The rubber touched the road for the legalisation lobby two decades after the 40-year-long Salazar dictatorship was overthrown in the 1974 Carnation Revolution. Portugal’s fledgling democracy was flailing in the 1990s from a narcotic epidemic that forced the government’s hand in playing its last card that placed trust in science.

Portugal dispensed with prohibition’s patronising sadism. It accepted people have good and bad relationships with recreational substances, and medical and psychological resources should prioritise those suffering the bad, rather than criminalise them. 

Portugal dropped from the highest rates of drug harm to the near lowest among fellow European Union states after decriminalising all recreational drugs in 2000.   

South Africa’s constitutional court 2018 decriminalisation of cannabis was a beginning. 

“We have not gone the full distance,” Motlanthe said. “The whole thrust is to decriminalise and legalise substances.” 

The constitutional court ruling “has loosened the grip of the police, which is a huge resource allocated towards literally arresting end users”. The ruling allows police to “focus on serious criminality”. 

Decriminalisation is prohibition-lite. Users escape criminal sanction, but product supply chains remain illegal, ensuring drug cartels and syndicates continue to feed from absurdity while keeping the justice and security sector in the loop and corrupt cops on the payroll.

Legalisation removes the security services and criminal justice networks from the equation, as well as its associated widescale corruption and violence. 

“There will always be pushback. Those with vested interests always have their policies,” Motlanthe says. “It is not easy to end prohibition.” 

Dismantling prohibition’s war economy, which has seeped into society’s almost every facet, will wound and maim both legal and illegal businesses raised on a dysfunctional diet. 

The legal fraternity’s easy money will desiccate. Bloated government rolling security sector contracts terminated and reallocated to health and social services to the soundtrack of preachers’ preaching Sodom and Gomorrah’s damnation.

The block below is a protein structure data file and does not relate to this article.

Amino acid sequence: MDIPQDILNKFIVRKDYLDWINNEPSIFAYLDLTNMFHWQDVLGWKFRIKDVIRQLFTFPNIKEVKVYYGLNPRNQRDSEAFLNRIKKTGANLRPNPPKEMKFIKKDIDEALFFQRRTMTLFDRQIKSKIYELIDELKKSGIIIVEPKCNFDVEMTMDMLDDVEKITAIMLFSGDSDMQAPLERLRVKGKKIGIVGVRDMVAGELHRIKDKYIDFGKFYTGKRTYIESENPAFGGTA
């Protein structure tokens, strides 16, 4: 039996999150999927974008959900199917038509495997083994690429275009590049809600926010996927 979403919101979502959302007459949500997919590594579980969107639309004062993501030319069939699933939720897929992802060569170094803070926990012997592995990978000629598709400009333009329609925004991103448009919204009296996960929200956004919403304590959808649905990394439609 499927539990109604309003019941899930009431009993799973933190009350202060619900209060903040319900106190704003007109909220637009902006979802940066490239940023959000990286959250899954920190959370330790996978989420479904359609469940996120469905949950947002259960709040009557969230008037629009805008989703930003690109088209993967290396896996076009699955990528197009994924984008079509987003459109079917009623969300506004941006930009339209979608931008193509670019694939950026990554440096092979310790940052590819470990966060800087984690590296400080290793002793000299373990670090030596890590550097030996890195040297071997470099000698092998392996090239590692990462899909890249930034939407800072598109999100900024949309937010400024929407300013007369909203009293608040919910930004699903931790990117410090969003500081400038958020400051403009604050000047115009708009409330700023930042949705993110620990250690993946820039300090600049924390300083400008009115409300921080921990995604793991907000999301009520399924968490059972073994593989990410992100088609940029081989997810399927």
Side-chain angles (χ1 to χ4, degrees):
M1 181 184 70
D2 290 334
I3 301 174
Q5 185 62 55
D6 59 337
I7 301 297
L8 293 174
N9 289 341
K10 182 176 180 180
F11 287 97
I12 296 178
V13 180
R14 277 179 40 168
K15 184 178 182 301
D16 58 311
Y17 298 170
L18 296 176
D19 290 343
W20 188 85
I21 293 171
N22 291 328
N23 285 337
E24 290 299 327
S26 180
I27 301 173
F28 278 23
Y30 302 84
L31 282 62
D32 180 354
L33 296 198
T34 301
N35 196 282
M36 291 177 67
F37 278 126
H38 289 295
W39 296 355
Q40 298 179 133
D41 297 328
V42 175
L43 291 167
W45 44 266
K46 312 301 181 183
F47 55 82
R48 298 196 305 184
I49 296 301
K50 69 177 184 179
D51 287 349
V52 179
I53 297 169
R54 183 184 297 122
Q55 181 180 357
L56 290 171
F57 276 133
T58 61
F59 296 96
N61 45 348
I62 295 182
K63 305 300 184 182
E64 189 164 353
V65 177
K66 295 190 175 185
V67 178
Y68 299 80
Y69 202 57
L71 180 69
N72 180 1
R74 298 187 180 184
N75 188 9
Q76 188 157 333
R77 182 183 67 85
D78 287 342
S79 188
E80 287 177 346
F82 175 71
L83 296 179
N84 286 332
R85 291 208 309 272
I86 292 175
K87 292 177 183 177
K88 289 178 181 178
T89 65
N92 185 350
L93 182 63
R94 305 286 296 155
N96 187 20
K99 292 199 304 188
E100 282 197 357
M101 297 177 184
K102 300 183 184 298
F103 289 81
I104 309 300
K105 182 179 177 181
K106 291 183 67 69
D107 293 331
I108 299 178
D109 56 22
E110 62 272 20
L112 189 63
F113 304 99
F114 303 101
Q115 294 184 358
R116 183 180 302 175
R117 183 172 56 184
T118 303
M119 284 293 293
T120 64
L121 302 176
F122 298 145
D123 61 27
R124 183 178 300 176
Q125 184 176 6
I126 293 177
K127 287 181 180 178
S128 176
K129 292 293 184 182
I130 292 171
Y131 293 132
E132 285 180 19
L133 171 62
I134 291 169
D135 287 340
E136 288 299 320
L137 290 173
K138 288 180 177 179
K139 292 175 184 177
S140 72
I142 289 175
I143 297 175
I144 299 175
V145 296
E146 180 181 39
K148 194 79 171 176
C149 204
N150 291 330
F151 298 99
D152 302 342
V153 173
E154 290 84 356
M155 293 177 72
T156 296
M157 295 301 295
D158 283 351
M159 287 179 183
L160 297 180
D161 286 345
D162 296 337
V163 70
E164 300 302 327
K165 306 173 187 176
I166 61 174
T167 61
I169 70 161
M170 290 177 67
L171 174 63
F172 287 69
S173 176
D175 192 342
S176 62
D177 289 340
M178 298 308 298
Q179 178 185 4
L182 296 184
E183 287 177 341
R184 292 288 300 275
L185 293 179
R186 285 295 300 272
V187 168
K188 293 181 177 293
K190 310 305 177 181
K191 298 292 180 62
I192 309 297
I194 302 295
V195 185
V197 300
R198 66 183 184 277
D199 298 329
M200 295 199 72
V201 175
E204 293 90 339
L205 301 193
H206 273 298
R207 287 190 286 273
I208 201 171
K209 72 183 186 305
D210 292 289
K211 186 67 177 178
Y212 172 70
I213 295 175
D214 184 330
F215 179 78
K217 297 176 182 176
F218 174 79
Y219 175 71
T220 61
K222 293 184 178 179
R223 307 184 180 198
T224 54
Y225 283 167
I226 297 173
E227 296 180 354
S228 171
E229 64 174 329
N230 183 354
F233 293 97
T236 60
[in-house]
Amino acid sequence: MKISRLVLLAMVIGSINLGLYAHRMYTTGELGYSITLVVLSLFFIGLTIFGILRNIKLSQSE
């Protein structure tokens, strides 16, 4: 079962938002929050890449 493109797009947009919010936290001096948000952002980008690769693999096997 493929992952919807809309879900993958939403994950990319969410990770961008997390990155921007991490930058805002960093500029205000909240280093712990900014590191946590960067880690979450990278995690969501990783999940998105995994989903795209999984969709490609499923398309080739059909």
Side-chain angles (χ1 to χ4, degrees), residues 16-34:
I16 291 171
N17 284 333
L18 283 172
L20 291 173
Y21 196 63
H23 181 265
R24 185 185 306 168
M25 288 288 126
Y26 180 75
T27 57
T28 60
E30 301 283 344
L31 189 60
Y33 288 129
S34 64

The crime lords may well instruct their pocket politicians to thwart any drug legalisation, much like Angolan MPLA president José dos Santos’ army generals selling weapons and munitions to Jonas Savimbi’s Unita rebels to maintain a conflict’s profit logic.

Legalising drugs is the existential threat to organised crime’s business model that would force a “switch to a substitute”, Motlanthe says. Although nothing quite matches profit margins raked in by prohibition — be it alcohol or opioids. 

Legalisation advocates envisage a regulatory regime, including quality control, for the majority, if not all, presently illegal recreational drugs, with guidelines similar to alcohol and tobacco for their production, marketing and distribution. 

The legalisation lobby shares prohibitionists’ ambitions to reduce drug harm, but its methods are proving more successful in answering the defining question: why do heroin addicts get cages and alcoholics get treatment?

“Alcohol is enjoyed by the elites, that’s why it’s legalised,” Motlanthe says. “Of all the substances alcohol is the most dangerous.” 

Whereas an alcoholic can reach out for help, a cocaine addict “cannot ask for help even though they are in dire need of it. 

“It’s an act of criminality and therein lies in the rub,” he says. “It’s complete ignorance and prejudice. Moral prejudice.” 

Guy Oliver is a photojournalist.

The views expressed are those of the author and do not necessarily reflect the official policy or position of the Mail & Guardian.